Last night a brilliant production of the most peculiar play in the theatrical canon opened at the Berkshire Theatre Festival. but some members of a group that bought tickets were left totally puzzled. And pissed. “This play is too hard,” one of them said afterwards. If you are a regular theatre goer you know instantly that it’s likely a Samuel Beckett play, probably Endgame. And you would be right. Damn, it is a hard play to figure out. What we can say for sure is that this is not the play to offer to someone who has never been to a live theatre performance before, unless you want to be sure they never go again.
Endgame is a lot of things, but it is not an evening of escapist entertainment. Rather, it is a half-dream, half-reality look into the disturbed mind of a great playwright who exorcised his demons by writing about them. This play was written when Beckett hit 51, and had spent what no doubt felt like years sitting at the bedside of dying relatives, going through the peculiar (there’s that word again) rituals that the Irish of Ireland have built around the process of dying.
Throughout the play there are allusions to it, and there’s no shortage of metaphors and similes about death and the futility of life in its ninety minute course. There are some chuckles, especially as the evening progresses and the audience becomes familiar with the strange rituals and relationships taking place.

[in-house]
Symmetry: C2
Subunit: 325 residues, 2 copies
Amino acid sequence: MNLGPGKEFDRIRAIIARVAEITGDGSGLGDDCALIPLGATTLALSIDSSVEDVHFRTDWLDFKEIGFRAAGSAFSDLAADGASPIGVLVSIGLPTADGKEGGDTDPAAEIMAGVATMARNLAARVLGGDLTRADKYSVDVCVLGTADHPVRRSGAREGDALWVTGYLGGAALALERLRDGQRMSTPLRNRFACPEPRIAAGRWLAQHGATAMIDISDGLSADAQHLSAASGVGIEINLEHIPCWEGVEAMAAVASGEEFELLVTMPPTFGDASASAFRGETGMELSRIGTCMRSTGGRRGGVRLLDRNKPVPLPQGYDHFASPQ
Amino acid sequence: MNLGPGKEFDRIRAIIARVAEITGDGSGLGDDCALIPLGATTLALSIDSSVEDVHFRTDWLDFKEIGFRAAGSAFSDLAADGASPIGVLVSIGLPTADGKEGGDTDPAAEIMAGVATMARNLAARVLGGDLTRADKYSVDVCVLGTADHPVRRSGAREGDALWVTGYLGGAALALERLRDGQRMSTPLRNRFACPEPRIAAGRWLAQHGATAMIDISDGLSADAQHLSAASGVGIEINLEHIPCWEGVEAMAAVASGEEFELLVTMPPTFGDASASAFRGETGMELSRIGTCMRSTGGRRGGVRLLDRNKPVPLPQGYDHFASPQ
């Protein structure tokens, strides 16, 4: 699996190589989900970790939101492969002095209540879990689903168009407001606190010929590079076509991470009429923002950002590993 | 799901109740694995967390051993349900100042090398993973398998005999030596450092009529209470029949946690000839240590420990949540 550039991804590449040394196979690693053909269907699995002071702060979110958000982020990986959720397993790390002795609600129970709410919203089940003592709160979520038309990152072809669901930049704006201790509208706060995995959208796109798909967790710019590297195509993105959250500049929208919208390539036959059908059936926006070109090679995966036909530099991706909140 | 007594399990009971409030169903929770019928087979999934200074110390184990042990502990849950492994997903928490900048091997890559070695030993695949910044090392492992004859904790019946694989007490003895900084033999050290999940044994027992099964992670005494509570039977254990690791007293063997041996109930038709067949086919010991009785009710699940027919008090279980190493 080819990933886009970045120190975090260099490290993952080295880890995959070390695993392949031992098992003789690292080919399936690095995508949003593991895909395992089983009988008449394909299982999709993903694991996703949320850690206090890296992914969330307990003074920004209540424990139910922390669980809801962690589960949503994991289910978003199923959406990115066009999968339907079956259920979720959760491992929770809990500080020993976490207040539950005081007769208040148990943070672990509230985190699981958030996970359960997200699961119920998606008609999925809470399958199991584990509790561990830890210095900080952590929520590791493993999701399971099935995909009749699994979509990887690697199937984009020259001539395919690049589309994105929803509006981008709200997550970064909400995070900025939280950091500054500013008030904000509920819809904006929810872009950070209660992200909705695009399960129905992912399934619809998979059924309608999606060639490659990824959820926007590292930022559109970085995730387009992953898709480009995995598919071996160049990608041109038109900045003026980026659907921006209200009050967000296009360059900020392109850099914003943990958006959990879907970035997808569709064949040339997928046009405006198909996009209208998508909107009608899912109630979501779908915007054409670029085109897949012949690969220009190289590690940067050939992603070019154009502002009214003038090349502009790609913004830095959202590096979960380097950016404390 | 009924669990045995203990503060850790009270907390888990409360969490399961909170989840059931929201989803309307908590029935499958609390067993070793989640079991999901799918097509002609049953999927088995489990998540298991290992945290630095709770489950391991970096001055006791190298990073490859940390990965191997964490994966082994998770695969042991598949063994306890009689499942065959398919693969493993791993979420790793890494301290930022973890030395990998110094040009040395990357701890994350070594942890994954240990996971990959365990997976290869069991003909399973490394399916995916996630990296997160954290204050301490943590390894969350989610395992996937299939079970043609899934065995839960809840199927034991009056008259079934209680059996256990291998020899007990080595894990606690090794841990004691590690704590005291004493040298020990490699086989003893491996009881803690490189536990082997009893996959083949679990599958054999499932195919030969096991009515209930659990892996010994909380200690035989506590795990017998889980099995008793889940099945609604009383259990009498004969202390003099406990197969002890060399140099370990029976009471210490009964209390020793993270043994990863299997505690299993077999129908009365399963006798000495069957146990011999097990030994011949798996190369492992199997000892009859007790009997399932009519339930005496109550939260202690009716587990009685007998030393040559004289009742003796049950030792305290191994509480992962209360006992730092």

It was written back when the “theatre of the absurd” (French: Théâtre de l’Absurde) was in full swing, and Beckett’s plays were mostly presented in impromptu spaces. Beckett wrote his works in the 40’s, 50’s and 60’s and I am old enough to remember the latter period’s experimental theatre. It was cheap, puzzling and good fun. Absurdity was practiced by largely European playwrights whose work had several basic underpinnings. Essential to the form is the belief that because we live in a godless universe, life has no real meaning or purpose. What these works have in common is broad comedy set in a horrific or tragic situation where the characters are hopeless to change anything, and doomed to repeat meaningless actions, and with dialogue that is full of clichés, wordplay, and nonsense. Nobody does this better than Beckett. Others in that school (some more obtuse than others) include Albee, Genet, Ionesco, Pinter, and Stoppard.
In many ways Endgame is a parody of a play, the antithesis of escapism. You don’t go to see Beckett to escape, but rather find yourself trapped in another reality. Sort of.
The focal point of the current Endgame are Hamm and Clov, whose names are direct giveaways. Hamm, played by the brilliant Mark Corkins is indeed a role for an actor who goes over the top. And Clov, as played by David Chandler is the spice in a dominant-submissive relationship.
Let me try to give you a taste of what is involved. When the play begins, and after five minutes or so of fussing with windows and a ladder Clov says:
“Finished, It’s finished, nearly finished, it must be nearly finished. (Pause) Grain upon grain, one by one, and one day, suddenly, there’s a heap, a little heap, the impossible heap. (Pause) I can’t be punished any more.”
He’s old, the days have passed one after another, his unhappiness is almost at an end.